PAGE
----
Spoken by the Sund Wakir; Sund'Saalsari is nearly as elaborate as Ivu'Saalsari, but with less technological and scholarly references. The Sund Wakir affinity for religion takes hold in the way they speak, with frequent references to the saints or common dreams. References to the Nuocr Expanse or other large deserts, the preferred home of the Sund Wakir, are also common; sometimes all a Sund Wakir will see for days is sand, and this is reflected in their dialect.

  • “The dreamers sleep in bliss.” Consolation to a dying friend or loved one, or someone whose friend or loved one is dying. 'Death is not as bad as it seems.'
  • “When the dunes sparkle, it does not mean they are gold.” Proverb. 'Appearances aren't everything.'
  • “Ahni guide you.” Simple expression, said to lovers to wish them well.
  • “Adravni.” Greeting. Used when meeting strangers, in a professional setting or to be polite.
  • “Deravni.” Greeting. Used casually.
  • “Saravni.” Interjection. Used to ask for something politely.


  • “Nightmares” Any phrase that wishes nightmares on another person, or their family is a particular nasty curse for the Iromakuanhe, intoning that instead of happiness before and after death, the recipient would face only pain and sadness.
  • “Sandrat” A small desert animal from Maekardan known for getting into unwary travelers' supplies. A term usually used by Iromakuanhe from that planet to describe an unwanted or unliked person.
  • “Herdtitan dung!” An expression meaning that the speaker disbelieves whatever it is he or she is seeing, hearing or experiencing. It can also be a response to any false statement, or any statement that the speaker believes is false. It can also be used to indicate a lot of something, as herdtitans do tend to excrete a large amount of the stuff.

Haidasari, the Hunter's Tongue

Actually evolved from a war code, Haidasari is a complex, poetic, but nearly structureless language that can only be used to convey very simple messages in a manner that is exceedingly difficult to decrypt. It lacks all but the most basic complements, has no prepositions and can only be spoken in present and past tense. There are only a few hundred words in the language, and when put together, can be used to give orders, reveal your location or send out warnings. Sentences in Haidasari are very short and broken, as it is not a conversational language.

Known Expressions

  • “D'ruha.” - Press, Advance, Seek, or Follow in conjunction with certain other words. By itself, the word means We press onward.


Trade The Nepleslian language, also known as Trade (language) is effectively a dead language in the Iromakuanhe Astral Commonwealth, but translation keys exist on the highly guarded databases of ancient colony ships. There are less than a dozen fluent speakers, primarily secluded Ivuori scholars, in the entire sphere of the Astral Commonwealth and no native speakers. Before leaving their sector of space on their great exodus, the nomadic Saal had previously dealt with large numbers of colonists that spoke a language highly similar, if not identical. It is used by certain corporations as a means to designate military technologies.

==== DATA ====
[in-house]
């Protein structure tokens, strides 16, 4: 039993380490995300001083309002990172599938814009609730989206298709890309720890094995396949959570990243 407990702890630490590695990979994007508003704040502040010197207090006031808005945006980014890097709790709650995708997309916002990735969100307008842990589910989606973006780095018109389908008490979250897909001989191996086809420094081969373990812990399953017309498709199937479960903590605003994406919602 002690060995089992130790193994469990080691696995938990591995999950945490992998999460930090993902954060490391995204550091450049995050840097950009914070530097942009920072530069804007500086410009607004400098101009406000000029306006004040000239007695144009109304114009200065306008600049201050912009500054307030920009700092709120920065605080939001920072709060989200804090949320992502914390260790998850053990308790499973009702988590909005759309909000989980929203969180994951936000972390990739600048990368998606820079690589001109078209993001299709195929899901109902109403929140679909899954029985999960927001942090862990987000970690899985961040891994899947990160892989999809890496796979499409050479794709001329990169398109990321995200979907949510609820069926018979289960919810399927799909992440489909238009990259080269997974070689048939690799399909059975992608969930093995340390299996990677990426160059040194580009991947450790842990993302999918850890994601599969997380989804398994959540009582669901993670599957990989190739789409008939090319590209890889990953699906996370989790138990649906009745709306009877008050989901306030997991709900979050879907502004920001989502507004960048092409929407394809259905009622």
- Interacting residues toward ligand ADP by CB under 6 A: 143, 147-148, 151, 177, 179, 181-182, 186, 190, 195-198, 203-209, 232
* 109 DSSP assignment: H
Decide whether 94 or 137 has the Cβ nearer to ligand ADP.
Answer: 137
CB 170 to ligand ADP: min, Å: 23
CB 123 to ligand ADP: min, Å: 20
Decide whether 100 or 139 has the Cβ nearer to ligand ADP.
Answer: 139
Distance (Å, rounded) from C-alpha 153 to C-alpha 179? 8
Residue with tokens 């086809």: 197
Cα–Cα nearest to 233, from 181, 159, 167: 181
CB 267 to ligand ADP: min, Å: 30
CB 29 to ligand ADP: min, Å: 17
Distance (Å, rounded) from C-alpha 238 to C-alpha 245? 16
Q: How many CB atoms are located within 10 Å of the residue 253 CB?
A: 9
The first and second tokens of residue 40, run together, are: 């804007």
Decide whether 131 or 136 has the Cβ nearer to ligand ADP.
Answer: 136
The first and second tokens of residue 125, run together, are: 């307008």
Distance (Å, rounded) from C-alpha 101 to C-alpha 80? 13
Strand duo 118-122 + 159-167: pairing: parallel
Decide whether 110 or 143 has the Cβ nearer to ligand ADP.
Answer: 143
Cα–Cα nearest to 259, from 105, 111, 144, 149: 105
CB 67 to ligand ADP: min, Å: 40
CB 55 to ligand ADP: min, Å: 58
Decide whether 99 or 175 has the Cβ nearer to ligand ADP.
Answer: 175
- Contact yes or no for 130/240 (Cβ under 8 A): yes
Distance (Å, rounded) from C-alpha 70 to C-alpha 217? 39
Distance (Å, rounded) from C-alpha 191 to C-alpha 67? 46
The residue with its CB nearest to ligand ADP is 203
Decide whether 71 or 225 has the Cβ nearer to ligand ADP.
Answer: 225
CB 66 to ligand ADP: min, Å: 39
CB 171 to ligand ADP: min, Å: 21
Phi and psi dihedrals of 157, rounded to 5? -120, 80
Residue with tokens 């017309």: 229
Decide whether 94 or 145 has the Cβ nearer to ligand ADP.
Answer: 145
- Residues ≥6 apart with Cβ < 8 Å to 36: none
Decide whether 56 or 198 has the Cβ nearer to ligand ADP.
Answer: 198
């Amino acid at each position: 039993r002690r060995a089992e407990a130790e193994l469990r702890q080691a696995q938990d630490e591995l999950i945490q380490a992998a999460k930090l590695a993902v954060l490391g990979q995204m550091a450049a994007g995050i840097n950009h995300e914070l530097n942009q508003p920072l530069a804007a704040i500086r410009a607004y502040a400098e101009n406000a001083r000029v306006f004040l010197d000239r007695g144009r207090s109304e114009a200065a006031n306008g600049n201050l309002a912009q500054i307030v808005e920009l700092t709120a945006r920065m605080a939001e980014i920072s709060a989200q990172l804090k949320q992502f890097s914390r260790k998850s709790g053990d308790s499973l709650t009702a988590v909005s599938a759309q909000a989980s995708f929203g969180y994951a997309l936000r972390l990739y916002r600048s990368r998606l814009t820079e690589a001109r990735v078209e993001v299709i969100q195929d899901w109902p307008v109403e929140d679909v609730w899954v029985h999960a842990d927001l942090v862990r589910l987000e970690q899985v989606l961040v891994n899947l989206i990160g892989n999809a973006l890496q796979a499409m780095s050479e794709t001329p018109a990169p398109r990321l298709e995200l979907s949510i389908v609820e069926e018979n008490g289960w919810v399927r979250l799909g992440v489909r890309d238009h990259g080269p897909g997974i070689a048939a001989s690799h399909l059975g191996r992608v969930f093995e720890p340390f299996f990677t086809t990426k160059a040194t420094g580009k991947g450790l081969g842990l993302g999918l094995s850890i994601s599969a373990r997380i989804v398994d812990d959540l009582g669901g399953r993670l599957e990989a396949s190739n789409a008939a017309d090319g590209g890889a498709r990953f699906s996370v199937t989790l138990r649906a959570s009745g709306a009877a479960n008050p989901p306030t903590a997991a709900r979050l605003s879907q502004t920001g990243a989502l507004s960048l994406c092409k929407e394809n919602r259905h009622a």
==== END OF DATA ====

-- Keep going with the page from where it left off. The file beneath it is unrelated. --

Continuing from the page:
Conlang The rise of Commonwealth Communications Grid was undoubtedly a boon for the Commonwealth - you could watch concerts, talk to friends, find any information you wanted, and all from the privacy and safety of your own home. The prajna-immersion tanks that were soon developed allowed OGNEIR users to spend even more time under, since the prajna took care of food, water, & defecation needs. As with anything, though, people started to go overboard, and there rose a subculture of people who never disconnected or left their tanks. They were used to the constant influx of instant information from any site they wished, and soon found the high word-to-meaning ratio of Saalsari, Trade, and other common languages to be annoying. A slang language soon began to develop amongst the “divers,” as they were called, heavily influenced by both the desire for speed and the language of the Freespacers, who, despite being unable to connect to OGNEIR through prajna tanks, still frequently used the network as an addendum to Polysentience.

Conlang is quick, snappy, leaves out many particles and conjunctions, and combines words to get across the maximum amount of information with the fewest number of words. It's nearly unintelligible to an outsider, though it is intuitive and can be picked up fairly quickly by a dedicated mind.

  • For a list of all known languages spoken in the SARPiverse, see Languages.

faction/iromakuanhe/language.txt · Last modified: 2023/12/21 00:59 by